Many people are worried about choosing quilt colours.
Do these colours go? is a frequent lament. You choose colours every day: which top with these trousers? which curtains will go with the rug? Choosing colours for your quilt follows the same idea – go with your instincts and what you lik.
Having said that, it is worth looking at the foundations of colour and how colours vary. White is made up of all colours together, as I’m sure you learned at school. The scientific theory is that grass looks green to us because the grass absorbs all the light except the green portion. It reflects only green light back, so it looks green to us. We don’t need to know that, but I thought it was interesting!
The three primary colours are red, blue and yellow. You can obtain all other colours from these three. When each one is mixed with one of the others, it produces the secondary colours of violet (red and blue), green (blue and yellow) and orange (red and yellow).
If you then mix a primary colour with a secondary colour (for example, mix red with green), the result is known as a tertiary colour. This could obviously go on for ever, mixing a primary colour with a tertiary colour and so on, but it does give you some idea of how the colours we see in quilting fabric are built up from the basic three colours.
I recently attended a fascinating workshopon fabric dyeing and one of the things we did was change the proportions of the three basic dyes to produce a huge array of colours as shown. This helps to explain why some reds just don’t look right together – they may both have red in the colour, but one might be mixed with more blue while the other might be mixed with more yellow.
Colour tints, shades and tones
So now we have a range of colours produced using the pure primary colours. No – that’s not the end of it! A tint is a lighter version of a colour, made by adding white. The obvious example is pink made from red and white.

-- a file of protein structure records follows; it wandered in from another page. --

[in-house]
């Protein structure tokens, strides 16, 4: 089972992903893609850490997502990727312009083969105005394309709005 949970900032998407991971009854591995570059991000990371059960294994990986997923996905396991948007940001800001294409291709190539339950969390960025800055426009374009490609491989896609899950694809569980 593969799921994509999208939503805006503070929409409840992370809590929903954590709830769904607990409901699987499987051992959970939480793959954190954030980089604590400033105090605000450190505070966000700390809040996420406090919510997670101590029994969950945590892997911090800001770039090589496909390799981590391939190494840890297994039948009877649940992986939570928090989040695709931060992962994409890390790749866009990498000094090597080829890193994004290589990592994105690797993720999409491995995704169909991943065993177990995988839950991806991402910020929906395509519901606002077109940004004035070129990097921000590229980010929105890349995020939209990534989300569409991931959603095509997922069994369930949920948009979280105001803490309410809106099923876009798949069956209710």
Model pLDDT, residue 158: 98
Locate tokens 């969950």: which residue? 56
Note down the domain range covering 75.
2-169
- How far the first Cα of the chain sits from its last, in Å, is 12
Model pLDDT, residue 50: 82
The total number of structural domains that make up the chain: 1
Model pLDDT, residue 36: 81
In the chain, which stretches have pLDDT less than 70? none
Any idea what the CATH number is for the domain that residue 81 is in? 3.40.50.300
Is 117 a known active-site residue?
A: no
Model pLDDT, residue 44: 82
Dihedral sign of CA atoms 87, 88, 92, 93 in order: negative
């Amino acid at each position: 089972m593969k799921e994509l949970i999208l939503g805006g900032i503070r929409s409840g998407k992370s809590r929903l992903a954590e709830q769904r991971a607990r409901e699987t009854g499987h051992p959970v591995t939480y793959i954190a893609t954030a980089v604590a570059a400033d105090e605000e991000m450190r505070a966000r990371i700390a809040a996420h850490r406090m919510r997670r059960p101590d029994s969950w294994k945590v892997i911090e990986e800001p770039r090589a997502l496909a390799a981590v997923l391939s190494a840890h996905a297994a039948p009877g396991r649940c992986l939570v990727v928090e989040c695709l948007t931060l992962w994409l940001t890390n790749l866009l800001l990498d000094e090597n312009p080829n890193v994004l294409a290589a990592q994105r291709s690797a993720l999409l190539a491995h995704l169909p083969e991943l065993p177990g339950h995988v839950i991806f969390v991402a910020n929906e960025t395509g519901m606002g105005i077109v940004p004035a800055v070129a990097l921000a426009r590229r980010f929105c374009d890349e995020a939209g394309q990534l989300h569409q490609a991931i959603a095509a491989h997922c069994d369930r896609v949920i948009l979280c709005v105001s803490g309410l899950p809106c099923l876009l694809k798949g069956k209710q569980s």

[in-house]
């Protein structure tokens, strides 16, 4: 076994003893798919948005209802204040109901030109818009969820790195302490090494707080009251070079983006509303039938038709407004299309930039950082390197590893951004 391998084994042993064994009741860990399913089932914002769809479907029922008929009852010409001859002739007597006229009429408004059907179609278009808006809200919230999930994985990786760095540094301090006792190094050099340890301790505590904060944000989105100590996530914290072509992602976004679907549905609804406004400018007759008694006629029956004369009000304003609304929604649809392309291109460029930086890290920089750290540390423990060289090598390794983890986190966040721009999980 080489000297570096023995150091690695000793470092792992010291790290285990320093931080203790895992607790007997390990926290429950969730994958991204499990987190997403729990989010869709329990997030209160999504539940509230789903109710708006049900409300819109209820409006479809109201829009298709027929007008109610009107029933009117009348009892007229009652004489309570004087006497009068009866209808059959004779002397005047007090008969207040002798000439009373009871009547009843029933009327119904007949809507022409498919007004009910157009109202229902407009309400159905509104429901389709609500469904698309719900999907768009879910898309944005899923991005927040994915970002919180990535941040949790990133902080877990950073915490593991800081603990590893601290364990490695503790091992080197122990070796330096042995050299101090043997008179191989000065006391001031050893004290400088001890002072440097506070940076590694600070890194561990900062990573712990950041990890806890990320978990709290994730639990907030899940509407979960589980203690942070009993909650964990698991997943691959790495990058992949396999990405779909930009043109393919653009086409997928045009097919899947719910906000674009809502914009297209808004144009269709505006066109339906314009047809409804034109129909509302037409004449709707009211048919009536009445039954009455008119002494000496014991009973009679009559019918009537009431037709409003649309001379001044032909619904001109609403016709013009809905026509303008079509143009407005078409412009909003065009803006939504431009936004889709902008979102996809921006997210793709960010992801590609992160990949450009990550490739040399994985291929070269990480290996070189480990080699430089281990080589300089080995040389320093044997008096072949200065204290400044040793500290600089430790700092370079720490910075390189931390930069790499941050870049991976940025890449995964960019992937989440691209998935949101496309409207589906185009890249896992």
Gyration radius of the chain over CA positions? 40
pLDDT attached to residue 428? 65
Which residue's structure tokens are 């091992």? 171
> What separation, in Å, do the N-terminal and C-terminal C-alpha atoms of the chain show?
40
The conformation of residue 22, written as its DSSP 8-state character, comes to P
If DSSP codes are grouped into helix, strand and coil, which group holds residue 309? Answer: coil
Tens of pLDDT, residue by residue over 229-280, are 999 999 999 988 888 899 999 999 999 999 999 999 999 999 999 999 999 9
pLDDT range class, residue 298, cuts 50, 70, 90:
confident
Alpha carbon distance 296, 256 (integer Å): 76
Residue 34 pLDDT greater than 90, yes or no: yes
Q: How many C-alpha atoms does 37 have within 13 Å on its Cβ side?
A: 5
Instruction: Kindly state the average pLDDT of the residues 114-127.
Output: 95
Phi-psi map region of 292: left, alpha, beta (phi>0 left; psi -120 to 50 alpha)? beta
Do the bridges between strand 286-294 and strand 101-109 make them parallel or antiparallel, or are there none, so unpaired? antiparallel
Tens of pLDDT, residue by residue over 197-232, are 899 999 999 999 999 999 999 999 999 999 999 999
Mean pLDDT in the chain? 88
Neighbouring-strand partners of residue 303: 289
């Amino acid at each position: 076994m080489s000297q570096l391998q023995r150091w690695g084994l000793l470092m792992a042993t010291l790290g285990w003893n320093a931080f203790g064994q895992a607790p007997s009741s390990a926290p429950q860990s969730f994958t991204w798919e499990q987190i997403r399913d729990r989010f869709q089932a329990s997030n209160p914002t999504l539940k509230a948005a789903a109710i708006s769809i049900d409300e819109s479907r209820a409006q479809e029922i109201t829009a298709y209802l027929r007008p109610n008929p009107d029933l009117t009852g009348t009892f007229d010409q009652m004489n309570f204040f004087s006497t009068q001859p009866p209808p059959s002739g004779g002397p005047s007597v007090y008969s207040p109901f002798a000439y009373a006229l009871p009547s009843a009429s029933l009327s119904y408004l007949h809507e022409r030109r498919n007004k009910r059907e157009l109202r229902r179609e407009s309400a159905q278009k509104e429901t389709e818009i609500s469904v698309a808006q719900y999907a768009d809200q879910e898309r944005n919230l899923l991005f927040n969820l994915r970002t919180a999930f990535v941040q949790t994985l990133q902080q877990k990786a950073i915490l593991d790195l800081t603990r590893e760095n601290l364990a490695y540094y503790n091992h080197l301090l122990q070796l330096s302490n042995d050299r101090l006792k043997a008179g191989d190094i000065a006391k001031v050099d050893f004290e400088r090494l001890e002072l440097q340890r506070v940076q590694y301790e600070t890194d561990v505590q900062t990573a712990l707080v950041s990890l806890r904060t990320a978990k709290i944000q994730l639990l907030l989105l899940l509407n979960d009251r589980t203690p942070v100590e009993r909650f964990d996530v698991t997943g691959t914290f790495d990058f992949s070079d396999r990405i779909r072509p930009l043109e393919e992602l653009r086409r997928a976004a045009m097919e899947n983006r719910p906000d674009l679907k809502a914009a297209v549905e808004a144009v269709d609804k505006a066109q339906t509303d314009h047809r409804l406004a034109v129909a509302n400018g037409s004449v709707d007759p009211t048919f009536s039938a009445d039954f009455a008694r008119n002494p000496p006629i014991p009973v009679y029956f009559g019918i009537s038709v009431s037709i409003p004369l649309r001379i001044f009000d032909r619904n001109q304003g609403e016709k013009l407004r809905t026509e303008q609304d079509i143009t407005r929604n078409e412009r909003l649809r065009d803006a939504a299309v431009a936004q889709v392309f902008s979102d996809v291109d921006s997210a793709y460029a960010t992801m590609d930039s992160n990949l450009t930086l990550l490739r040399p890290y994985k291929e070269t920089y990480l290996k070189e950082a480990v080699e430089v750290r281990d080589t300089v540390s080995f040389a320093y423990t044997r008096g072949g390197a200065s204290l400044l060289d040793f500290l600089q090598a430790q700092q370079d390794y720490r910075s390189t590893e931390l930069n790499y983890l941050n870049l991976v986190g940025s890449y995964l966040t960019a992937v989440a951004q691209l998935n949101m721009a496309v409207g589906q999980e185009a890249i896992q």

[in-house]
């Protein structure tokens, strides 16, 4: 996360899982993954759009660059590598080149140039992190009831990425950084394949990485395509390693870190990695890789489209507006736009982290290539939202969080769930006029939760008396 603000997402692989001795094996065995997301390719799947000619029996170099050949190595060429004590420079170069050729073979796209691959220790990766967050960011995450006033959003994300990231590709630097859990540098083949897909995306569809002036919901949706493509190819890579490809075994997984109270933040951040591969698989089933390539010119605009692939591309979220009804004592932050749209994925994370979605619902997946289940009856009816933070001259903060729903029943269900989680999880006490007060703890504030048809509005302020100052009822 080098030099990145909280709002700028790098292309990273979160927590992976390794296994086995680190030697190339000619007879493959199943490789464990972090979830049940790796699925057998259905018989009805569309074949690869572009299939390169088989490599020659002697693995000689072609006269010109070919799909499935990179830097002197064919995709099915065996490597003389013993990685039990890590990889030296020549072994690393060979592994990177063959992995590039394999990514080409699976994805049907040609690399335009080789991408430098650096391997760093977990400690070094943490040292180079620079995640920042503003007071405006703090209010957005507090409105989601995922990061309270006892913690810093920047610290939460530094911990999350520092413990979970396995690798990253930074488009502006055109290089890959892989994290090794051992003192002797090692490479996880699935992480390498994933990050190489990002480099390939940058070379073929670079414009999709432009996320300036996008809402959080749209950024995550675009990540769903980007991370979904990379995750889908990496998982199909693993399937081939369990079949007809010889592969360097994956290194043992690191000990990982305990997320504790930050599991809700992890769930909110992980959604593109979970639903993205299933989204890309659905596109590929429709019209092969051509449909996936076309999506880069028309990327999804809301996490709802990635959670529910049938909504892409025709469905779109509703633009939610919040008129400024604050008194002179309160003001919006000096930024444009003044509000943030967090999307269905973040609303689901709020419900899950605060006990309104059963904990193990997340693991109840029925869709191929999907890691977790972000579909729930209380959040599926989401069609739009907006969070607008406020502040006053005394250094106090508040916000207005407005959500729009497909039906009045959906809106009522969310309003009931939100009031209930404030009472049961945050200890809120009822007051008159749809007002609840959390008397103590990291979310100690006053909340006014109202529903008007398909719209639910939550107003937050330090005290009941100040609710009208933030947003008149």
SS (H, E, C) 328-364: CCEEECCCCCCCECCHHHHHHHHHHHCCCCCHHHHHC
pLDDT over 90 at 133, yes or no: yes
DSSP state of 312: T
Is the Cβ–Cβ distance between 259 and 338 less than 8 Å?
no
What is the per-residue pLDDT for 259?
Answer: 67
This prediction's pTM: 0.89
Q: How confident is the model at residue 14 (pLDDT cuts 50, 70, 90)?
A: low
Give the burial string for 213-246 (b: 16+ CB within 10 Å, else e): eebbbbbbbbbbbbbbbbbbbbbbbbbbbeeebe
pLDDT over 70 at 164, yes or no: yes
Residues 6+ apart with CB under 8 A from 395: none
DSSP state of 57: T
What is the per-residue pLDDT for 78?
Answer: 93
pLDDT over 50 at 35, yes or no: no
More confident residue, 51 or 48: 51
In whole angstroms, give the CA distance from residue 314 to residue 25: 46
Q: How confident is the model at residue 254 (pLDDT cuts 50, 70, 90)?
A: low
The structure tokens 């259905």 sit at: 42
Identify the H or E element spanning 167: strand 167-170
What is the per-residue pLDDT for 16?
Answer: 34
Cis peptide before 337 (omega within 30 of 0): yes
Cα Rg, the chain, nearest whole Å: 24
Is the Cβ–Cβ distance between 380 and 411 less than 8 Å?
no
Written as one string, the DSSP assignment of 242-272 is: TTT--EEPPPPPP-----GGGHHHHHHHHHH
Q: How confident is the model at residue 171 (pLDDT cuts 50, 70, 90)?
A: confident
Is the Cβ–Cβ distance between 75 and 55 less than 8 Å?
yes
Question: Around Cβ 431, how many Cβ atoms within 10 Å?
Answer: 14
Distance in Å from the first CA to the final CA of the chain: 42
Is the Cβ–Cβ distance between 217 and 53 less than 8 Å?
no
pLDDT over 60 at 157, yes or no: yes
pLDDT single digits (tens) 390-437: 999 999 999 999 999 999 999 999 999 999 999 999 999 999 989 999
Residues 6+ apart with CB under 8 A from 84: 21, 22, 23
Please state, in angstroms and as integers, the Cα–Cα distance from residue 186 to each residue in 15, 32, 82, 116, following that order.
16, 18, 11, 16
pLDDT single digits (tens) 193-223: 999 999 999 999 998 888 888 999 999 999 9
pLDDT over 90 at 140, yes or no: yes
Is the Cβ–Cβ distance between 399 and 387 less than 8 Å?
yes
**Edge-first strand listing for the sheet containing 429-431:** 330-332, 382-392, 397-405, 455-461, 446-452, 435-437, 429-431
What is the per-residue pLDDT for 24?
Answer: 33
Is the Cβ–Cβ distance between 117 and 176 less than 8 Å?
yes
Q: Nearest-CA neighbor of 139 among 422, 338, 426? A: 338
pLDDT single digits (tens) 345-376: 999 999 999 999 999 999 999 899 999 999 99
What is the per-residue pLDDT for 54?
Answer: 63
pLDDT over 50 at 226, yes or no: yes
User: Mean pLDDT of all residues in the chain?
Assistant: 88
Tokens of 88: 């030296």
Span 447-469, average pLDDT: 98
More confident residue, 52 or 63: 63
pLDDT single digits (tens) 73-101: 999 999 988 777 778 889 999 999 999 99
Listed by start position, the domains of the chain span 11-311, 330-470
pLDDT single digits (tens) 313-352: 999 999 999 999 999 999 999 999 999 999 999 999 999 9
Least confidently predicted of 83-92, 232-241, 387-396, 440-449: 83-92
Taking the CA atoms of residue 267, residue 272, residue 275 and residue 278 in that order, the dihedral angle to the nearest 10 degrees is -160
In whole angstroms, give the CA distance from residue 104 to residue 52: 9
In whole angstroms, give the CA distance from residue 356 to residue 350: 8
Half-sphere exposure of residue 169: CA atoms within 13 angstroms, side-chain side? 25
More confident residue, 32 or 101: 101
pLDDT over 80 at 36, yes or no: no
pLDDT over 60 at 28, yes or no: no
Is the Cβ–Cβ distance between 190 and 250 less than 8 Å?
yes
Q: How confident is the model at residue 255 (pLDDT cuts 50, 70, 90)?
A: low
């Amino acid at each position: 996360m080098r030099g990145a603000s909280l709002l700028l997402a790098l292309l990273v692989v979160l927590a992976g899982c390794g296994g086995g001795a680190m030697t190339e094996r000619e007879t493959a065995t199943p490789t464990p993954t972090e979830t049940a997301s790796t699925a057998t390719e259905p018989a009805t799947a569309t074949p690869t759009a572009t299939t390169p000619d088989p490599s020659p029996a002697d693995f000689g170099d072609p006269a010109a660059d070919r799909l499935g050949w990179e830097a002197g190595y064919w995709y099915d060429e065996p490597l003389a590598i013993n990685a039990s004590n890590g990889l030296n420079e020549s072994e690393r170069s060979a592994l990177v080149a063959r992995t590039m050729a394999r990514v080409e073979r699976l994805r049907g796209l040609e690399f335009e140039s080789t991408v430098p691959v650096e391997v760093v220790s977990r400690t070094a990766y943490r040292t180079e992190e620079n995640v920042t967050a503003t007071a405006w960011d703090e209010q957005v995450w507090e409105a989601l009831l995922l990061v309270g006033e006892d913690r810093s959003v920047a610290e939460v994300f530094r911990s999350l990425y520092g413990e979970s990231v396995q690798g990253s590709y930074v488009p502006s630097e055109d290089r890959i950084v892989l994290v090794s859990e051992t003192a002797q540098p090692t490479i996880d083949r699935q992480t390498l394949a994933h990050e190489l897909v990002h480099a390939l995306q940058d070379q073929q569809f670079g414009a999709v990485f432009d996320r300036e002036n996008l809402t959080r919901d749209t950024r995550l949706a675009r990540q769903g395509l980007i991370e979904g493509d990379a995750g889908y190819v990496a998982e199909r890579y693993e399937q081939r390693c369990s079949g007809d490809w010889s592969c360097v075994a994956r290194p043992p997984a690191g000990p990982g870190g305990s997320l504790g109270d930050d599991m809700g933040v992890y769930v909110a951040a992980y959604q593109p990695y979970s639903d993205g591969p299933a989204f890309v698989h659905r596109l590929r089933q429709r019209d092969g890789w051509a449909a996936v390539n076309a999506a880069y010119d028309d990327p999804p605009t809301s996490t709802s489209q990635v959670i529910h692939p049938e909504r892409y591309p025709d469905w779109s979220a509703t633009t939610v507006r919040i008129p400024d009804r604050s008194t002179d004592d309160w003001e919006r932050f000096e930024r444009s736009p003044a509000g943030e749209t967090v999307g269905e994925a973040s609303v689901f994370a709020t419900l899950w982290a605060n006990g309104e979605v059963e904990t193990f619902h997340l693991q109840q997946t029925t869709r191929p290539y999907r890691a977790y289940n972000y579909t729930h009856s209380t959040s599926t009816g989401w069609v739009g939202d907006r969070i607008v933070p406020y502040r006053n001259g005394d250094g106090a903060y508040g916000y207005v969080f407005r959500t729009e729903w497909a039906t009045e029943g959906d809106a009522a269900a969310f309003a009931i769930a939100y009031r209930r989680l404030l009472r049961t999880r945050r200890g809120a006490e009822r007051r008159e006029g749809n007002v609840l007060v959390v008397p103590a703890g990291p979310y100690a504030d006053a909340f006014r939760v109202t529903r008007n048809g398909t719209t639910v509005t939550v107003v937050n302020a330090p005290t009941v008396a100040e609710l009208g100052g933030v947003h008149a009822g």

A shade is a darker version of a colour, made by adding black.
A tone is a duller version of a colour, made by adding grey.
The fabric shown runs through a range of versions of red and is great if you are doing any quilting like tumbling blocks that needs to show light and dark.
You can see colour wheels in most fabric shops so that you can look at colours and see how they look against each other. Don’t forget that they will look different under natural light rather than the artificial light in the shop. I personally use a paper crafter’s colour companion which I find very helpful. It is made up of cards that give the pure colour and the shades, tints and tones of that colour.
It’s quite fun to make up a colour wheel of your own by cutting a snippet of fabric each time you have one of a particular colour and sticking it on a home made card circle.
If you are really unsure of whether you want to use a particular colour in a quilt, there are two failsafe options. One is to ask the ladies in the fabric shop – they know exactly what fabrics they have in the store and can suggest ones that you might not even have noticed. That has happened to me many times.
The other option is to look at the colour dots along the selvedge of a fabric. They have numbers which identify which colours have been used in the pattern. It is often easier to match a fabric against the dot more easily than against a bright pattern.
I hope that helps with the idea of colour in quilts.
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